Many chemical processes depend on having an environment that is low in oxygen partial pressure (PO2 < 100 Pa); sorption pumps are a promising route to establishing that environment by either oxygen pumping or oxygen separation from an inert gas. Near-ambient sorption-based processes rely on either pressure or thermal swings, requiring no moving parts, no electricity, and neither very high nor very low temperatures. In this work, we use ab initio calculations to explore zeolites as a class of materials for sorption-based oxygen pumping/separation. Our calculations indicate that while O2 does not adsorb on the neat ALPO-5 zeolite under ambient conditions, itdoes adsorb on zeolites selectively substituted with transition metals and metalloids and, hence, can enable separation and pumping. ALPO-5 substituted with Si, Ge, Sn, Pd, Pt, Ti, V, Cr, Mn, Zr, Mo, Hf, W, Ce, and Pr provides adsorption energies ranging from -0.19 to -3.92 eV, where (-) indicates an exothermic process. Additionally, we provide a comprehensive understanding of what controls the adsorption energy: (1) the substitutions must be able to adopt an oxidation state that is more positive than the cation it replaces, and (2) the size of the pore into which the O2 adsorbs to the wall. Additionally, we conduct a thermodynamic analysis of a thermal swing cycle to approximate the optimal O2 binding energy for low-energy O2 pumping/separation. We find that the minimum energy cost likely occurs when the adsorption energy is in the range of 0.75-1.00 eV (72-97 kJ·mol-1), which corresponds to Ge-, V-, Pt-, or Ce-substituted ALPO-5.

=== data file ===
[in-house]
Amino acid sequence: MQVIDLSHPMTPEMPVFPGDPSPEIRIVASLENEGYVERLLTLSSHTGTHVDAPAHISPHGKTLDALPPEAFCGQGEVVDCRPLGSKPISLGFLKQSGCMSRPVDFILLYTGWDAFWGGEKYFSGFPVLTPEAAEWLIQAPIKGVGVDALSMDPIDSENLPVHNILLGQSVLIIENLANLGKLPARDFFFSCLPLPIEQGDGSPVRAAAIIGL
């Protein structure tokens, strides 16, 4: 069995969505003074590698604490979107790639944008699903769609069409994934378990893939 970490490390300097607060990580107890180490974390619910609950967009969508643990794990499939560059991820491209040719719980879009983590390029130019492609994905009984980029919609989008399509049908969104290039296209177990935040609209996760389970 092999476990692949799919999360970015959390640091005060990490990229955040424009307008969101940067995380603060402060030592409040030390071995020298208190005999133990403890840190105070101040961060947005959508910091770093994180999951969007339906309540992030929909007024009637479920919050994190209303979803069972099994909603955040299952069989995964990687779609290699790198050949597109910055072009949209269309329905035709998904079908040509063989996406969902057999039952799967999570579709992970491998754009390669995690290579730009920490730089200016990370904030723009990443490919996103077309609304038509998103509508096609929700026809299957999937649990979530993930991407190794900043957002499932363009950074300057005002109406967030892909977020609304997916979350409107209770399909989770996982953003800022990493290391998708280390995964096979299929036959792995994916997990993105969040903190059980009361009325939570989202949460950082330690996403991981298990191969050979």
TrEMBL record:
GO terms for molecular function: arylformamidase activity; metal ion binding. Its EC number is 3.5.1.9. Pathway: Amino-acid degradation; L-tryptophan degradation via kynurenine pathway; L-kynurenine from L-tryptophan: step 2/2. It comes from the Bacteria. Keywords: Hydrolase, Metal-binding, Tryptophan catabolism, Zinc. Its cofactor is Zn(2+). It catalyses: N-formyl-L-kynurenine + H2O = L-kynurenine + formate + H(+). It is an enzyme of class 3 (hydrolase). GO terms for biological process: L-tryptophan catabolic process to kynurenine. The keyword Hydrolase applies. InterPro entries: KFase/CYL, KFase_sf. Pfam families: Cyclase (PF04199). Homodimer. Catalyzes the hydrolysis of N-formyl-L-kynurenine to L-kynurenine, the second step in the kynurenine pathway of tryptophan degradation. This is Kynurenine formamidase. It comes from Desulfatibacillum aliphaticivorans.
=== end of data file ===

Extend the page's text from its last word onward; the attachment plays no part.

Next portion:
ASJC Scopus subject areas
- Electronic, Optical and Magnetic Materials
- Physical and Theoretical Chemistry
- Surfaces, Coatings and Films